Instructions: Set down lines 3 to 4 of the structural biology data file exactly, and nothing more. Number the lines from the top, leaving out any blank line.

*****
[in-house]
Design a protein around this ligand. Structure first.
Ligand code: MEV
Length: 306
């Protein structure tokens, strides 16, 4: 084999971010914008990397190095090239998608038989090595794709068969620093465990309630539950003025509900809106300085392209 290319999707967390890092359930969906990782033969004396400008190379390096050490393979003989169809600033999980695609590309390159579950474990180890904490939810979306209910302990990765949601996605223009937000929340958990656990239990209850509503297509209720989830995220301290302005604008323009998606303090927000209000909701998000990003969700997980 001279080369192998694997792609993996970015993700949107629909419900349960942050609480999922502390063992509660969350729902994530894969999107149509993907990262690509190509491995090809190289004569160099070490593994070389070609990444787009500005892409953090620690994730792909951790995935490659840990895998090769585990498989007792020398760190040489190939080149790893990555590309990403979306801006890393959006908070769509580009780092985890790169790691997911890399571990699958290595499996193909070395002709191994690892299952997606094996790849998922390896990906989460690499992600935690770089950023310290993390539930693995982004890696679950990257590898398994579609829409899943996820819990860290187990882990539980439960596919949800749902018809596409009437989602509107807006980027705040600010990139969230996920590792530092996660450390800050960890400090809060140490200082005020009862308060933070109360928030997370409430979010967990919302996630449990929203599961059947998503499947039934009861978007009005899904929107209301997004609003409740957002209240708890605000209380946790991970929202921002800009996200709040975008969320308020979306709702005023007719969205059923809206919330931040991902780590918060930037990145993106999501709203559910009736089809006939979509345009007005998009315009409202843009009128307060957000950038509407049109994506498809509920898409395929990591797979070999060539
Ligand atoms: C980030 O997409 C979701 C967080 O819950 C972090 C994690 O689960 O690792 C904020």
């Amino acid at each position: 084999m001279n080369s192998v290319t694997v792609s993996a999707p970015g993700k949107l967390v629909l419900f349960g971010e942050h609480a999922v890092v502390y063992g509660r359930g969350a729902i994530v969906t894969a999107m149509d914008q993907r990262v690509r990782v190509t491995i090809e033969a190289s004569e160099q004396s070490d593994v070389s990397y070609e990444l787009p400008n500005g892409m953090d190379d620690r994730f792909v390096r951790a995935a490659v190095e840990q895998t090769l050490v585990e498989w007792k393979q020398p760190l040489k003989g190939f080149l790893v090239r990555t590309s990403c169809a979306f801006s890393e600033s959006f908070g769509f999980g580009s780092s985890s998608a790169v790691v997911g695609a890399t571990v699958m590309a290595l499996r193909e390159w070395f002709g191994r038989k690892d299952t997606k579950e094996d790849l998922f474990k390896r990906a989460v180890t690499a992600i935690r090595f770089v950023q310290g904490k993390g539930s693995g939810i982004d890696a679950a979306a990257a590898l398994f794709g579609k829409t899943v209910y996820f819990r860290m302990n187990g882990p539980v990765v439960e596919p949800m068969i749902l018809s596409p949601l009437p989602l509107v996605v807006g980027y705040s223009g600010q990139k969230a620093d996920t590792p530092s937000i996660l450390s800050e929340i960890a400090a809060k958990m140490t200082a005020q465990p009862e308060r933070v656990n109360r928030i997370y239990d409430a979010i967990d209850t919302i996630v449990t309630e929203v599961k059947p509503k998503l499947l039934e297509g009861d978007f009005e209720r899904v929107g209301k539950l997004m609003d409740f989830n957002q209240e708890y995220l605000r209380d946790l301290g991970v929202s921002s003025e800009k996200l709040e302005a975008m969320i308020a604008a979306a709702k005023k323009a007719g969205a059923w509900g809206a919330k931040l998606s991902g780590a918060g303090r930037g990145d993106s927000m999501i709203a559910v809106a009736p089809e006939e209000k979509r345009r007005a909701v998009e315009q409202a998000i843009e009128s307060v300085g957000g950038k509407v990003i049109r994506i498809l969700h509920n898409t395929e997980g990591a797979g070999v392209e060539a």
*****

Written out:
Ligand code: MEV
Length: 306